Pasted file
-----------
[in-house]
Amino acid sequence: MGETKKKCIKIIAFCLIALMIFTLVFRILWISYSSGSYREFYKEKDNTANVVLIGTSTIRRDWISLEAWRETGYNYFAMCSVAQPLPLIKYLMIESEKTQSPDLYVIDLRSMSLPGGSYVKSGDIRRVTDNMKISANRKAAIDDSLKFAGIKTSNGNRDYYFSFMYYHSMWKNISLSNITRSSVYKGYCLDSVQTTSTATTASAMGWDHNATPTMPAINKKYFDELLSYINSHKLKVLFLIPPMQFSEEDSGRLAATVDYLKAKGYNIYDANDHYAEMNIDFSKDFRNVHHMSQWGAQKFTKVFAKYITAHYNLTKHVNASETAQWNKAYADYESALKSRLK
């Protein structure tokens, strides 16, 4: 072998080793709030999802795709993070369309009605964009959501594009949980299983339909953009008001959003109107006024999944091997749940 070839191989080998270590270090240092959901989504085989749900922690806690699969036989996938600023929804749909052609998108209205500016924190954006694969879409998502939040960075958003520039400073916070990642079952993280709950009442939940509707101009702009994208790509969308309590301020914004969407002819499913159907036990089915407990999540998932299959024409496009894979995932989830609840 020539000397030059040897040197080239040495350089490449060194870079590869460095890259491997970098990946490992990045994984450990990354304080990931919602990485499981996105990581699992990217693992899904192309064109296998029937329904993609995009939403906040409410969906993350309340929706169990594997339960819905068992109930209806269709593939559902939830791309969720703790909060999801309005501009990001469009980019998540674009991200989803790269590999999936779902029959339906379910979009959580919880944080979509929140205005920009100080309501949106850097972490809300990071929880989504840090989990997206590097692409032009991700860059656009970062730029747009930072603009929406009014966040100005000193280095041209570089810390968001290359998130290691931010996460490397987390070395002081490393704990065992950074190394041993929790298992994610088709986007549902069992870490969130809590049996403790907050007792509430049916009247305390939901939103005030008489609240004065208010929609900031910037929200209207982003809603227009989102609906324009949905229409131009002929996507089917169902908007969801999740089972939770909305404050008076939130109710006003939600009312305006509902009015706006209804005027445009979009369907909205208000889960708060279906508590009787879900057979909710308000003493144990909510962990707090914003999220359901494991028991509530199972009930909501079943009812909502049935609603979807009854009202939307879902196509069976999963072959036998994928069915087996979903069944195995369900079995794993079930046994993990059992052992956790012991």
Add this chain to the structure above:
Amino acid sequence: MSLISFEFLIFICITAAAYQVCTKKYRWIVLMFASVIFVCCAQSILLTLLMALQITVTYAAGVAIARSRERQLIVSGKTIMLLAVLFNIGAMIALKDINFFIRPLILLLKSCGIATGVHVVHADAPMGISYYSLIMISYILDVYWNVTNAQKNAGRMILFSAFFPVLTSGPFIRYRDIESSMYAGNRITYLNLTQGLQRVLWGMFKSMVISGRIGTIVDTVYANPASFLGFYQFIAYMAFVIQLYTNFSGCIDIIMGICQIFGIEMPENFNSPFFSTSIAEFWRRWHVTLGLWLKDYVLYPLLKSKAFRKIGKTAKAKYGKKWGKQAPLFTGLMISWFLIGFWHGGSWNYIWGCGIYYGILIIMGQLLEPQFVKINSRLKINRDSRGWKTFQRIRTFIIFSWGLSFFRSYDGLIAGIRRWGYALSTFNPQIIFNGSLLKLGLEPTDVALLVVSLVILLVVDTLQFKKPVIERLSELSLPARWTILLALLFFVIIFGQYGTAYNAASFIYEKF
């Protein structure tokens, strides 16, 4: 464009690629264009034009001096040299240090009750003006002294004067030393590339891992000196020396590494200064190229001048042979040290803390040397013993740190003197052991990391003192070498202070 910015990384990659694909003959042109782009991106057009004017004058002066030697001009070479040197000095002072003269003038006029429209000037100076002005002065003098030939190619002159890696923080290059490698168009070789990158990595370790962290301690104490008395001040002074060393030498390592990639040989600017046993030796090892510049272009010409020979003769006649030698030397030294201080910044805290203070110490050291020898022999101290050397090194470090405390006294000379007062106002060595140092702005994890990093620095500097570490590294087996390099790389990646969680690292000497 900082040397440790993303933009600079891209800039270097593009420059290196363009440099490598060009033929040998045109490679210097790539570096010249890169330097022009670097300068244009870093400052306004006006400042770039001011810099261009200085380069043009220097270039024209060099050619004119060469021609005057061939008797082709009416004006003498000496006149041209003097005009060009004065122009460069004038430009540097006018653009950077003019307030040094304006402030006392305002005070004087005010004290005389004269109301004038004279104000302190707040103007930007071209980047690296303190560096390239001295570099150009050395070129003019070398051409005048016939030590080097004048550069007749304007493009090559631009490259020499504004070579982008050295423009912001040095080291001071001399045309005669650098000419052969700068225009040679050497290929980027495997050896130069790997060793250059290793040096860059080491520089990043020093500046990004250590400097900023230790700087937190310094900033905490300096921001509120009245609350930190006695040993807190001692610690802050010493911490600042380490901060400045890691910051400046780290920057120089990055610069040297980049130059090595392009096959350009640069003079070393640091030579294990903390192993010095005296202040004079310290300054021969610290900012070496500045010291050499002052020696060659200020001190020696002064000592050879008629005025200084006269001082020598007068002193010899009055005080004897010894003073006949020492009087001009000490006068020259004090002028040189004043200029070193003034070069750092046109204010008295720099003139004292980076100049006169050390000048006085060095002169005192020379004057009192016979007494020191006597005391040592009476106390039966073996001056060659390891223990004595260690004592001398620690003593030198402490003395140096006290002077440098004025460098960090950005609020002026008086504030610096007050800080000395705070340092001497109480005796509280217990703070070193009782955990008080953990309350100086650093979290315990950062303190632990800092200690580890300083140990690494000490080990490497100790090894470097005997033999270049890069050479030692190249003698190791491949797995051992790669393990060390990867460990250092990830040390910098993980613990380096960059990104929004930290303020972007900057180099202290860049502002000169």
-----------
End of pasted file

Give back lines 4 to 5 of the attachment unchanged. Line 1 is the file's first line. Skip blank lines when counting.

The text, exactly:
Add this chain to the structure above:
Amino acid sequence: MSLISFEFLIFICITAAAYQVCTKKYRWIVLMFASVIFVCCAQSILLTLLMALQITVTYAAGVAIARSRERQLIVSGKTIMLLAVLFNIGAMIALKDINFFIRPLILLLKSCGIATGVHVVHADAPMGISYYSLIMISYILDVYWNVTNAQKNAGRMILFSAFFPVLTSGPFIRYRDIESSMYAGNRITYLNLTQGLQRVLWGMFKSMVISGRIGTIVDTVYANPASFLGFYQFIAYMAFVIQLYTNFSGCIDIIMGICQIFGIEMPENFNSPFFSTSIAEFWRRWHVTLGLWLKDYVLYPLLKSKAFRKIGKTAKAKYGKKWGKQAPLFTGLMISWFLIGFWHGGSWNYIWGCGIYYGILIIMGQLLEPQFVKINSRLKINRDSRGWKTFQRIRTFIIFSWGLSFFRSYDGLIAGIRRWGYALSTFNPQIIFNGSLLKLGLEPTDVALLVVSLVILLVVDTLQFKKPVIERLSELSLPARWTILLALLFFVIIFGQYGTAYNAASFIYEKF